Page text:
A prominent haredi political commentator, Avi Bloom, has congratulated National Security Minister Itamar Ben-Gvir for refusing to back down in the face of threats and insisting on representing the government at a Memorial Day ceremony. "One cannot exclude half the nation," Bloom said, speaking on Radio Kol Chai.
His admiration for Ben-Gvir's tactics is all the more poignant in light of the haredi Knesset members' failure to advance legislation seen as a priority for their constituents, namely, the Draft Law. As things stand, the current law will expire in several months' time after being granted an extension by the Supreme Court, which has ruled it invalid as it contradicts the Court's conception of equality as embodied in the country's Basic Laws, placed on a pedestal by the Court itself which sees them as having quasi-constitutional status. In the absence of a new draft law, all haredi men of draft age will theoretically be required to enlist for mandatory military service.
Although the Likud, Israel's largest political party, promised the haredi parties to prioritize a new Draft Law when signing coalition agreements with them, the issue has been pushed to a back burner with all focus turning to judicial reform over the past months. Meanwhile, negotiations being conducted under the auspices of the President's Residence continue with no reports of any breakthrough or compromise.
"It's already obvious that Netanyahu isn't going to be passing the reforms this summer, and despite that, they're still trying to bring people out onto the streets in huge numbers. Now the question is what will happen to the Draft Law. We're the ones who are going to take the heat and they're going to base a campaign around this issue next time around," Bloom said, referring to opposition parties. "They're going to play the haredi card, yet again. And as for Bibi, he's afraid of all the protests so he's giving up on the judicial reforms and he's going to try to avoid passing a Draft Law as well. But the Supreme Court is still lurking in the background," he noted.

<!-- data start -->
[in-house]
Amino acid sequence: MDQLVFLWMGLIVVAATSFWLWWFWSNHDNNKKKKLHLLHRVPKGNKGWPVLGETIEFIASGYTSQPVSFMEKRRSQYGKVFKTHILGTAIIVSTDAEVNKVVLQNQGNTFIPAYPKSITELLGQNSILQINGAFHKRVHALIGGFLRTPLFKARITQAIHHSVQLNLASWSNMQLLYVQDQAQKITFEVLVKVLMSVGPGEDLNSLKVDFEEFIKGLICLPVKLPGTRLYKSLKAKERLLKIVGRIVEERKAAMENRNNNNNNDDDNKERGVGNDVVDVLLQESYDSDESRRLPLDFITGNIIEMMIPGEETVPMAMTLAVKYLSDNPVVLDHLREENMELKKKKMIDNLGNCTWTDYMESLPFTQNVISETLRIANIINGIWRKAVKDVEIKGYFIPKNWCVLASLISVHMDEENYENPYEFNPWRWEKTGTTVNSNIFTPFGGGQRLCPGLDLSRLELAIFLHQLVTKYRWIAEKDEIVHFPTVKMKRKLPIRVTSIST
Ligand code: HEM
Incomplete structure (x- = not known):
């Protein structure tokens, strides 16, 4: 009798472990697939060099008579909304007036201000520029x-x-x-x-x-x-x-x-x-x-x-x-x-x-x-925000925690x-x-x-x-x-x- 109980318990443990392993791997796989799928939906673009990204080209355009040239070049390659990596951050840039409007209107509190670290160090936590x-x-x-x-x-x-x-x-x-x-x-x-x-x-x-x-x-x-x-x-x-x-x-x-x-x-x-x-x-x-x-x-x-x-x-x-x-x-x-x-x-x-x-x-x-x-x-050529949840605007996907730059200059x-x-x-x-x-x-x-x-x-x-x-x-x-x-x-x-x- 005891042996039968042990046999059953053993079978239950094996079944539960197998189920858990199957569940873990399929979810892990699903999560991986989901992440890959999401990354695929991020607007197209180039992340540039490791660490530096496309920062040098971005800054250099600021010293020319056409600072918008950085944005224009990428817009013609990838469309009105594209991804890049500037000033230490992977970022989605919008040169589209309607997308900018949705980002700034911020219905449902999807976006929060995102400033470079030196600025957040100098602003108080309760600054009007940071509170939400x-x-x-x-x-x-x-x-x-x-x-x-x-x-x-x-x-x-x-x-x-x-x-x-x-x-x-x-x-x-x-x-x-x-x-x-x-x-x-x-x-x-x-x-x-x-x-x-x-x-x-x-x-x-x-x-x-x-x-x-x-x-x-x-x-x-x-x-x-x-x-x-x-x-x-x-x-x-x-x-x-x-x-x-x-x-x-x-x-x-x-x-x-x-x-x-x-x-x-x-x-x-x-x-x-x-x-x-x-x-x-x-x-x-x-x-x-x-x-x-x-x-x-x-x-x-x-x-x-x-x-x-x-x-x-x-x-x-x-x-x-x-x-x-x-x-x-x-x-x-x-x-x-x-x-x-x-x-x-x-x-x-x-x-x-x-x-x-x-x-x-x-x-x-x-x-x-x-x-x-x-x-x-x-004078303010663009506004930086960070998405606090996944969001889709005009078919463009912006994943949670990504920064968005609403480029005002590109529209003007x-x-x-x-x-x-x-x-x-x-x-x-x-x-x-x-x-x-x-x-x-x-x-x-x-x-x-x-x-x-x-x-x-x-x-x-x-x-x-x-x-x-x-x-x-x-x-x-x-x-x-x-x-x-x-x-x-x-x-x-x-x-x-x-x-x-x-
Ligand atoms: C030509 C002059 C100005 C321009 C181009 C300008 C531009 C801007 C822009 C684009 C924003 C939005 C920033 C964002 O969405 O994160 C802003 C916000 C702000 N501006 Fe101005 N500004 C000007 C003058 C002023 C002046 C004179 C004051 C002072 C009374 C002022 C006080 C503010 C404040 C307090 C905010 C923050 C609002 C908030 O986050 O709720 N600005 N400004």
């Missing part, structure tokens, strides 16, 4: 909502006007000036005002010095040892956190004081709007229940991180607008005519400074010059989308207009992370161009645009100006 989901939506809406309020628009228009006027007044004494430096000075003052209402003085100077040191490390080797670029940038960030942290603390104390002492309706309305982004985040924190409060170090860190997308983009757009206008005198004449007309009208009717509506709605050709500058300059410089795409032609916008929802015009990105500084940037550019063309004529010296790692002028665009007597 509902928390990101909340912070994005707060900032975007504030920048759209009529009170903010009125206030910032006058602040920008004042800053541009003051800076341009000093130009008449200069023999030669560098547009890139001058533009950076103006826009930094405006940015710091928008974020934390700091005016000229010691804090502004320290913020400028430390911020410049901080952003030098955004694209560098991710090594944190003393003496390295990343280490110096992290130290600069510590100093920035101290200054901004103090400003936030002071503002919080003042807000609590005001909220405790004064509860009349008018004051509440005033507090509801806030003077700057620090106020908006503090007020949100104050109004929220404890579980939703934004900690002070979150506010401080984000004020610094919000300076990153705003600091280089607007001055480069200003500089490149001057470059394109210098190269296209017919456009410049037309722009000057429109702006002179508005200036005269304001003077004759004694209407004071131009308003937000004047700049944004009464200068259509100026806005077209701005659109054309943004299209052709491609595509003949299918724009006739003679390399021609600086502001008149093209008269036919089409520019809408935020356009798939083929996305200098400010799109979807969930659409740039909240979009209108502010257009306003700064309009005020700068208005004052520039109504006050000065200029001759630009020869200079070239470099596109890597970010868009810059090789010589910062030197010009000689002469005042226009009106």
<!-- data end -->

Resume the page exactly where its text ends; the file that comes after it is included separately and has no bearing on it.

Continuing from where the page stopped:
The Supreme Court has repeatedly struck down Draft Laws crafted by various governments, giving rise to ever more political instability. Despite the fact that the IDF and senior political echelons have long accepted the fact that the haredi community is not going to enlist in the IDF in significant numbers, the Court continues to insist that any legislation enshrining deferrals and exemptions be based on principles of "equality," which would appear to be impossible to achieve. Arab-Israelis, meanwhile, are not required to serve in any form.
Despite his frustration with Netanyahu, Bloom said that in his view, the Prime Minister is "a moderate. He is leading the country responsibly. It was [Naftali] Bennett who dragged us into all these problems [of successive election rounds] by imposing ridiculous conditions for joining coalitions."
Nonetheless, Bloom says that the haredim have been "cast into the refuse heap with the way the government is now dealing with the Draft Law. When Ben-Gvir wanted to pass certain pieces of legislation, he knew enough to get it done before the government was formed. The haredim asked for a Draft Law, for a Basic Law regarding Torah study, and for the Override Clause, and even Gantz had, in the past, agreed to all of this. Now we have [Justice Minister Yariv] Levin saying: No, wait. First he said that they would be passing a wide-ranging Override Clause, and that the Draft Law would happen alongside the state budget. But since then, we've been held hostage to the reforms (of blessed memory) and now, even though they're preparing to pass the budget, the Draft Law is still being pushed off."
The Override Clause is seen by many in the government as essential for ensuring the passage of right-wing legislation, as it would enable the Knesset to re-legislate any law struck down by the Supreme Court, within certain parameters. As such, passing the Clause is especially pertinent with regard to the Draft Law. On the other hand, at present, there is no clear legal basis permitting the Supreme Court to strike down legislation at all, and some fear that passing an Override Clause would legitimize the Court's authority in this area, albeit within limits - as these limits could be removed by future governments.
Bloom added that, "I assume that the haredi Knesset members will be presenting this issue to their Torah leaders. We're likely to find ourselves in a situation where the campaign against the reforms turns into one against the haredi draft deferrals [as has already been seen, with several anti-government protests targeting Bnei Brak]. With the reforms still a hot-button issue, the draft issue will also become completely politicized, and in such an atmosphere, there's no question that the Supreme Court will overturn any law the Knesset passes. It wasn't for nothing that [Shas party leader Aryeh] Deri said that all this should have been settled on the very first day of the new government's term in office."
In conclusion, Bloom points the finger of blame at Levin, "who has taken the haredim and the draft issue hostage for the purposes of his judicial reforms, and has sold us nothing but fairy tales."